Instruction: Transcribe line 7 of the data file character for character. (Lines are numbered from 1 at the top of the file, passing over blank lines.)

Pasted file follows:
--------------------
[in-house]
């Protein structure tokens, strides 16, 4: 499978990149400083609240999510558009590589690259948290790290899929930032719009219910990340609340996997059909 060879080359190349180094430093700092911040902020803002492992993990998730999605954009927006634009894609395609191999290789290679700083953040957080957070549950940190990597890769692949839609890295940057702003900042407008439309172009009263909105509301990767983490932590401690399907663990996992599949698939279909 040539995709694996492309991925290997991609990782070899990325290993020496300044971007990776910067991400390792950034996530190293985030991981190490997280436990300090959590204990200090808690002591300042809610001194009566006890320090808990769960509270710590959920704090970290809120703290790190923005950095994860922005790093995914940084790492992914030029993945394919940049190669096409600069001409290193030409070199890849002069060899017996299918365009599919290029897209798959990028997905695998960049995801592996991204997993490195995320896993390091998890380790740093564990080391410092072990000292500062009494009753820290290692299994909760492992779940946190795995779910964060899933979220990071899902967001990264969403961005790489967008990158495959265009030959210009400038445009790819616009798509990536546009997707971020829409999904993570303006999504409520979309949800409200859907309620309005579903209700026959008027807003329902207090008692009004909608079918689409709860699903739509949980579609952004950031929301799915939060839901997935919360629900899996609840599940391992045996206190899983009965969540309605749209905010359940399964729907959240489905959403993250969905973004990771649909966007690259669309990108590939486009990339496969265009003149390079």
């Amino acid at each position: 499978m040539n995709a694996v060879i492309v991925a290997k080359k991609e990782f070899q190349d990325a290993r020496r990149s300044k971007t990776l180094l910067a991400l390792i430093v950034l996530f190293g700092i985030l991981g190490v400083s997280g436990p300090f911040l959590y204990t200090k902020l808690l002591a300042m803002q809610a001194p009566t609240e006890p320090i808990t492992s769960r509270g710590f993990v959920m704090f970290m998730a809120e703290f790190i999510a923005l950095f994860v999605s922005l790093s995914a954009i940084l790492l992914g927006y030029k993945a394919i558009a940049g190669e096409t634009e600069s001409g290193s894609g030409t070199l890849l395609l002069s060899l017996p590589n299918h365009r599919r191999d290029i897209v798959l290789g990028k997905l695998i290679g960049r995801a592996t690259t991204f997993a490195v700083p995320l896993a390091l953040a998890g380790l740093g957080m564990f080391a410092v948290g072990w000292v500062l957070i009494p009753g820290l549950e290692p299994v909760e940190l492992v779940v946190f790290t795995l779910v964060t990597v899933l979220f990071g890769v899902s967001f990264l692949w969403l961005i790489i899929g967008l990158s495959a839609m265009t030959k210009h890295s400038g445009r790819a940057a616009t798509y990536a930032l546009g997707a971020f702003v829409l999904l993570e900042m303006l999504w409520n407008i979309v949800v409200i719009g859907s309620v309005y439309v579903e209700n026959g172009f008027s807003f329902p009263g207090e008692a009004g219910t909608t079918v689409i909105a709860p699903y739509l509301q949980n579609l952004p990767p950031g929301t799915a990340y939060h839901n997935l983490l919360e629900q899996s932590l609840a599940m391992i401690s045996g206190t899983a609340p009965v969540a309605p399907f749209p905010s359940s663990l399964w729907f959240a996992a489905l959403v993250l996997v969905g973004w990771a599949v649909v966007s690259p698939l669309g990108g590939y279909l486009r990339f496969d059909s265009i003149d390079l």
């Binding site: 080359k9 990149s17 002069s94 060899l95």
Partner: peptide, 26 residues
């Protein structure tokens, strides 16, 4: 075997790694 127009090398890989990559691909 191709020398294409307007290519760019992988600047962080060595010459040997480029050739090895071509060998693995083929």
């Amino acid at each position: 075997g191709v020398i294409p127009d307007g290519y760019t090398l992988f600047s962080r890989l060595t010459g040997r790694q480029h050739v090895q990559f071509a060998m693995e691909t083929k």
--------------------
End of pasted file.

């Amino acid at each position: 075997g191709v020398i294409p127009d307007g290519y760019t090398l992988f600047s962080r890989l060595t010459g040997r790694q480029h050739v090895q990559f071509a060998m693995e691909t083929k």